‘We-Can-Work’ program on agenda at CUSD board meeting

The Claremont Unified School District Board of Education held its first February meeting after press time Thursday at the Richard S. Kirkendall Education Center, 170 W. San Jose Ave.

The board was set to consider a resolution allowing Dinah Felix, assistant superintendent, business services, to sign and execute the We-Can-Work program agreement between the State of California Department of Rehabilitation and the school district.

“The We-Can-Work (WCW) contracts are funded by Department of Rehabilitation (DOR) to provide DOR Student Services work based learning experience, as directed by the Workforce Innovation and Opportunity Act (WIOA) for students with a disability (SWD), ages 16 through 21, who are in high school, and either potentially eligible for or recipients of DOR services,” according to the Department of Rehabilitation’s website.

The board was also to hear a proposal to add a new course at San Antonio High School, English 103: composition and critical thinking.

“In partnership with Citrus College, San Antonio High School is preparing to offer English 103 as a dual enrollment course for the 2023-2024 year,” according to the agenda report. “This course uses literature as a basis for the teaching of critical thinking and composition. The emphasis is upon the analysis of issues, problems, and situations represented in fiction, drama, poetry, and on the development of effective written arguments in support of the analysis. The prerequisites for this course are successful completion of one of the following Citrus courses: English 101 (offered currently at CHS and SAHS), English 101E, or English 101H.”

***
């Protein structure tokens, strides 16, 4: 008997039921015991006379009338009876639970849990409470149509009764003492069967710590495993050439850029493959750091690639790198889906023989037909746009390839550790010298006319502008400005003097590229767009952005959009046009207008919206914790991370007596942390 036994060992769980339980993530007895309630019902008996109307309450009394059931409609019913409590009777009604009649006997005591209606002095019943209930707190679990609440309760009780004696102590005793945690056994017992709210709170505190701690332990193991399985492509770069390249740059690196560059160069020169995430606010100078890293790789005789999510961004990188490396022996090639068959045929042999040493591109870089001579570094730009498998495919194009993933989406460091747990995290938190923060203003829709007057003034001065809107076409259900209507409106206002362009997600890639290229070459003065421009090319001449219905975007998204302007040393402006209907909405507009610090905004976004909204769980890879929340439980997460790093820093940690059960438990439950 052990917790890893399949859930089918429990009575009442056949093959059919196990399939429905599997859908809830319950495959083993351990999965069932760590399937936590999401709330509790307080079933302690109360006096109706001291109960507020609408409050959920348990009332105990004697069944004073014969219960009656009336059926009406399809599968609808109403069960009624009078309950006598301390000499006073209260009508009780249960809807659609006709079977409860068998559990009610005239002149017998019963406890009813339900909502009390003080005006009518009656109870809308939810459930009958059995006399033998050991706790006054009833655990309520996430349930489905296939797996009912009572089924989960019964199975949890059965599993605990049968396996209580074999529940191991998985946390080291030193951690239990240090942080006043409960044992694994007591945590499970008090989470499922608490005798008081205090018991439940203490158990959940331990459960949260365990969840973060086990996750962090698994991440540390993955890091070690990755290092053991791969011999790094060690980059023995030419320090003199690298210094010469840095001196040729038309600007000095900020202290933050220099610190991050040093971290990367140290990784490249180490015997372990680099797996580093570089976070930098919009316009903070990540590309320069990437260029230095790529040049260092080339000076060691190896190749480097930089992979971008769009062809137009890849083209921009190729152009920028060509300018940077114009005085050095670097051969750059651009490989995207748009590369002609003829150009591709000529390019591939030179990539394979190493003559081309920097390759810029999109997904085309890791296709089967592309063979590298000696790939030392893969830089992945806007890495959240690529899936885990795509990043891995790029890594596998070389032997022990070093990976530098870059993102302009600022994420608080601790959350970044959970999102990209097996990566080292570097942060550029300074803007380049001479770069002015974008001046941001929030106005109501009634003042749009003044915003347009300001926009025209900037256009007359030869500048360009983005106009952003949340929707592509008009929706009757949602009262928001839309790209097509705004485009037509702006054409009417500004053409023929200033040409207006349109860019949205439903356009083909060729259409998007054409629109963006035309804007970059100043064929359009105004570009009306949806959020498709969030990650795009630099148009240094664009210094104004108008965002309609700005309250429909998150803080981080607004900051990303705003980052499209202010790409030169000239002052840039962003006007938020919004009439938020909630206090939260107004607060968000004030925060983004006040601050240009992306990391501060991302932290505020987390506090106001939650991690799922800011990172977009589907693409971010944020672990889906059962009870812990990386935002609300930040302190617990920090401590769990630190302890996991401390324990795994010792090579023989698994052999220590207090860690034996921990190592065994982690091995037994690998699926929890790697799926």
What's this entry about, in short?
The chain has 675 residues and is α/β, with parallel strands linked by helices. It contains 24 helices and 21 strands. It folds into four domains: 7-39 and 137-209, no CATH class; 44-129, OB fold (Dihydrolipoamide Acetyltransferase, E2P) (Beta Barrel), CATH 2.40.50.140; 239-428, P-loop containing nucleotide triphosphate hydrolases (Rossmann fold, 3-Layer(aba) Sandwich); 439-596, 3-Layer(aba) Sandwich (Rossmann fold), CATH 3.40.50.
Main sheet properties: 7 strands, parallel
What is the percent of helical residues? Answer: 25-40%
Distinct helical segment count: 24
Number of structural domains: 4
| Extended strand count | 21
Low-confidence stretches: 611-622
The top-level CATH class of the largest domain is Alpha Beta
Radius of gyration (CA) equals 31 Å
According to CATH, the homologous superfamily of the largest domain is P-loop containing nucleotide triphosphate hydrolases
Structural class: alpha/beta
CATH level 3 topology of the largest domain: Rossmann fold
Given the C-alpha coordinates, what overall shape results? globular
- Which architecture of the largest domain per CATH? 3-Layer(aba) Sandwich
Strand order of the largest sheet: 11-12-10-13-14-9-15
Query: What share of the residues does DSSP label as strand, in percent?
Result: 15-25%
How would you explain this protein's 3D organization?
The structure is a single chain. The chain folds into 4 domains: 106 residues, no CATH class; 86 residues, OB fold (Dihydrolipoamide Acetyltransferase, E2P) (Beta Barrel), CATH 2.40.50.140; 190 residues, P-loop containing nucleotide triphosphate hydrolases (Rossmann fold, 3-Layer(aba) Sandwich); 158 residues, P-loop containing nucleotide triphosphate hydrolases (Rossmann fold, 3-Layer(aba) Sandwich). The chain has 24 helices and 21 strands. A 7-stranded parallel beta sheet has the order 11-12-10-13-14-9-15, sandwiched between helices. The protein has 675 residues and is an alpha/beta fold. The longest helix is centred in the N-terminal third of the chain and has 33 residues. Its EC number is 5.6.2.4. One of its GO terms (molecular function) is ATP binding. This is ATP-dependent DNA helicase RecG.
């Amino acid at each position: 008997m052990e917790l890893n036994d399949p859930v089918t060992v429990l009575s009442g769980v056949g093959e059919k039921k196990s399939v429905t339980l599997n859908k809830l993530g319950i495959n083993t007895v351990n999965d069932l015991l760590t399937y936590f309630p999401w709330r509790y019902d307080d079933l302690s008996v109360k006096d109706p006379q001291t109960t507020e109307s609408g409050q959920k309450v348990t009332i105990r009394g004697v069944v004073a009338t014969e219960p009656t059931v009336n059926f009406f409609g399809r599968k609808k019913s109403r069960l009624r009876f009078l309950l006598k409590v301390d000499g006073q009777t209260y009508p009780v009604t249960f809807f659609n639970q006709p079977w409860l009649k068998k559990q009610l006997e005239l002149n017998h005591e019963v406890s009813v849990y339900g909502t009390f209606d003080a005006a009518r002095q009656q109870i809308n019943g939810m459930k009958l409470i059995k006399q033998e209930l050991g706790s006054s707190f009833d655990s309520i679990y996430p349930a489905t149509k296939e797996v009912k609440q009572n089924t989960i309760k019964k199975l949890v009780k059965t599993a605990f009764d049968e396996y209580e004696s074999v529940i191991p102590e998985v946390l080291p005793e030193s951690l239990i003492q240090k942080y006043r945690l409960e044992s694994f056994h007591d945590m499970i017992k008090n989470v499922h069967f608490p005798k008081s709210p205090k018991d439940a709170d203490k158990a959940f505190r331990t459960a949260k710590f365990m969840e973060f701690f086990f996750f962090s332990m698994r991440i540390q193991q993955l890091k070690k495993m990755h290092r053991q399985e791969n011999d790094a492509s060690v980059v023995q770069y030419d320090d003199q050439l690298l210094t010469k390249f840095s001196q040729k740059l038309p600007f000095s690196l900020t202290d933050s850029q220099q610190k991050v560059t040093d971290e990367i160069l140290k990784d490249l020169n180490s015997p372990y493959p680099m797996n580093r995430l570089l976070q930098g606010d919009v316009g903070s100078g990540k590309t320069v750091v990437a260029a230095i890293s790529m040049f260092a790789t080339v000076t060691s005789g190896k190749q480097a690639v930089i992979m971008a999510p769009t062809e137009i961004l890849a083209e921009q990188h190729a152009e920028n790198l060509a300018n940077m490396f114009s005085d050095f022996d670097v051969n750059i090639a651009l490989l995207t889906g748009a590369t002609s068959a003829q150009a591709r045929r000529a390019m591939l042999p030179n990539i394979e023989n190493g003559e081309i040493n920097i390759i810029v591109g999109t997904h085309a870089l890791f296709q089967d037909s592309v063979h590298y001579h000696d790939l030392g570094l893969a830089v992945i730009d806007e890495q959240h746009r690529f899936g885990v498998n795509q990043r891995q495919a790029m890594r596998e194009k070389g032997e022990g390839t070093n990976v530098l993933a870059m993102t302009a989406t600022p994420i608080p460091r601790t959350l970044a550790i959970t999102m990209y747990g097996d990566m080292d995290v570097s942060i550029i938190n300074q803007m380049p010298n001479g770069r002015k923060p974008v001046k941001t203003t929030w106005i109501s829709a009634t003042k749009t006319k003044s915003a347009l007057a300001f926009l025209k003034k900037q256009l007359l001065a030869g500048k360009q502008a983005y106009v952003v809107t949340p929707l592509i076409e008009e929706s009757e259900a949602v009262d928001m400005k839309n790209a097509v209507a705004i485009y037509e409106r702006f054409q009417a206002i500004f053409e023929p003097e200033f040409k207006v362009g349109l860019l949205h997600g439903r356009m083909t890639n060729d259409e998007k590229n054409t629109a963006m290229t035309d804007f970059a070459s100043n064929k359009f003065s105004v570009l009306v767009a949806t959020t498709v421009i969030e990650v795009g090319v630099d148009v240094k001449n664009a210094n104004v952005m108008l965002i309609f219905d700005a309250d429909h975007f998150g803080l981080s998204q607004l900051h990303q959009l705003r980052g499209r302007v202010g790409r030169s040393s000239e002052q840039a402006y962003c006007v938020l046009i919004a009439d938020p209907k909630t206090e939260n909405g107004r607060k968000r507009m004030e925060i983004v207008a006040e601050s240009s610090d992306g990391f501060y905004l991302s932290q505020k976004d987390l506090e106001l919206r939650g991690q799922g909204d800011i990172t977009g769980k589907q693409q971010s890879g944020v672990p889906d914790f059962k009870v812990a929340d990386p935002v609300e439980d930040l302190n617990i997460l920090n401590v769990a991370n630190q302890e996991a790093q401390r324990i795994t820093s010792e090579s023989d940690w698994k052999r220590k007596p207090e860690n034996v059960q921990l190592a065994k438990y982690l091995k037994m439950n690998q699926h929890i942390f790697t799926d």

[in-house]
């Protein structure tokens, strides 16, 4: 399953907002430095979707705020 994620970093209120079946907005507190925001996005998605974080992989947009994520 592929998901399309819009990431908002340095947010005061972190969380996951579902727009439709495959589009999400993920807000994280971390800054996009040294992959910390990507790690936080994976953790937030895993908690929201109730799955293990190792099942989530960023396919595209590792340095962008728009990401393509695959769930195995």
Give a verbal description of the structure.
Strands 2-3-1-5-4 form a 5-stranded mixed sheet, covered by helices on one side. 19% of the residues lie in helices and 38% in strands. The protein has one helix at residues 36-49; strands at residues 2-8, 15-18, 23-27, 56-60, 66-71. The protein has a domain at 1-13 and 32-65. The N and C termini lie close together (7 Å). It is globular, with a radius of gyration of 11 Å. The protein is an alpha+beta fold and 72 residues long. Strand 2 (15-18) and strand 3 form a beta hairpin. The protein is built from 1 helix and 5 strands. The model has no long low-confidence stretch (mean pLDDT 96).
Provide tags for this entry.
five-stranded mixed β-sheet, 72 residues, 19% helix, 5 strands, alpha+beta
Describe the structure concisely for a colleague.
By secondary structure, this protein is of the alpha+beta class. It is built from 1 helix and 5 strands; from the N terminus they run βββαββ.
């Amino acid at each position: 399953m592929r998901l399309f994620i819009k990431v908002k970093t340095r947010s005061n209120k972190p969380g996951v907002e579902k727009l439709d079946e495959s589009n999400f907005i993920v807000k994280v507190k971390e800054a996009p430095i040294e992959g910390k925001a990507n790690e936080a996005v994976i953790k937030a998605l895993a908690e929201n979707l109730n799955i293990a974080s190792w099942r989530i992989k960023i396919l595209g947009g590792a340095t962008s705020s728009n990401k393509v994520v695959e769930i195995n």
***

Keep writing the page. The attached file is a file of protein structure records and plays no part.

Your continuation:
As part of its ceremonial matters the board recognized Fiona Wu, a sophomore at Claremont High School, for her efforts to get people aged 18 to 24 to register to vote and go to the polls ahead of the 2024 presidential election.

“Collaborating with school staff, she educated juniors and seniors about voting, leading to the distribution of voter registration forms,” according to the agenda. “This initiative resulted in 615 completed forms showcasing the impact of student-led civic engagement in our community.”

The Courier will report on Thursday’s meeting in next week’s edition.


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